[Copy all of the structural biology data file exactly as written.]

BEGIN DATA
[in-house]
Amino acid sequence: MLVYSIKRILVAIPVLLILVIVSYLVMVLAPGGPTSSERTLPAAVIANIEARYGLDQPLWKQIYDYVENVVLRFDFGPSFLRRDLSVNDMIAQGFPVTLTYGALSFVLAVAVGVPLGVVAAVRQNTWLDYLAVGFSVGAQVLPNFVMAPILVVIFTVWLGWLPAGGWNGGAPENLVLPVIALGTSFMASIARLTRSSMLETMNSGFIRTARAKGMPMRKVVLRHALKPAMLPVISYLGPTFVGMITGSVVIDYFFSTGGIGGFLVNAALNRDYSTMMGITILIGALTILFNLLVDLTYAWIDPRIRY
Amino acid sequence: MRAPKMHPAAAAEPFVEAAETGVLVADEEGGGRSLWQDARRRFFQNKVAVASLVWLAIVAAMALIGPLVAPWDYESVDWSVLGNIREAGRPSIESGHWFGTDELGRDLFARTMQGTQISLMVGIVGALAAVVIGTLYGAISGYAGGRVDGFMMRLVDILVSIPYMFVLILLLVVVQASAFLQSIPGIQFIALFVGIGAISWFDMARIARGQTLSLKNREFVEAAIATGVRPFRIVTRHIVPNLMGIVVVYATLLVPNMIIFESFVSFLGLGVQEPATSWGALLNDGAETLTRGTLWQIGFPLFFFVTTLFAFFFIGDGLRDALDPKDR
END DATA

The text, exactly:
[in-house]
Amino acid sequence: MLVYSIKRILVAIPVLLILVIVSYLVMVLAPGGPTSSERTLPAAVIANIEARYGLDQPLWKQIYDYVENVVLRFDFGPSFLRRDLSVNDMIAQGFPVTLTYGALSFVLAVAVGVPLGVVAAVRQNTWLDYLAVGFSVGAQVLPNFVMAPILVVIFTVWLGWLPAGGWNGGAPENLVLPVIALGTSFMASIARLTRSSMLETMNSGFIRTARAKGMPMRKVVLRHALKPAMLPVISYLGPTFVGMITGSVVIDYFFSTGGIGGFLVNAALNRDYSTMMGITILIGALTILFNLLVDLTYAWIDPRIRY
Amino acid sequence: MRAPKMHPAAAAEPFVEAAETGVLVADEEGGGRSLWQDARRRFFQNKVAVASLVWLAIVAAMALIGPLVAPWDYESVDWSVLGNIREAGRPSIESGHWFGTDELGRDLFARTMQGTQISLMVGIVGALAAVVIGTLYGAISGYAGGRVDGFMMRLVDILVSIPYMFVLILLLVVVQASAFLQSIPGIQFIALFVGIGAISWFDMARIARGQTLSLKNREFVEAAIATGVRPFRIVTRHIVPNLMGIVVVYATLLVPNMIIFESFVSFLGLGVQEPATSWGALLNDGAETLTRGTLWQIGFPLFFFVTTLFAFFFIGDGLRDALDPKDR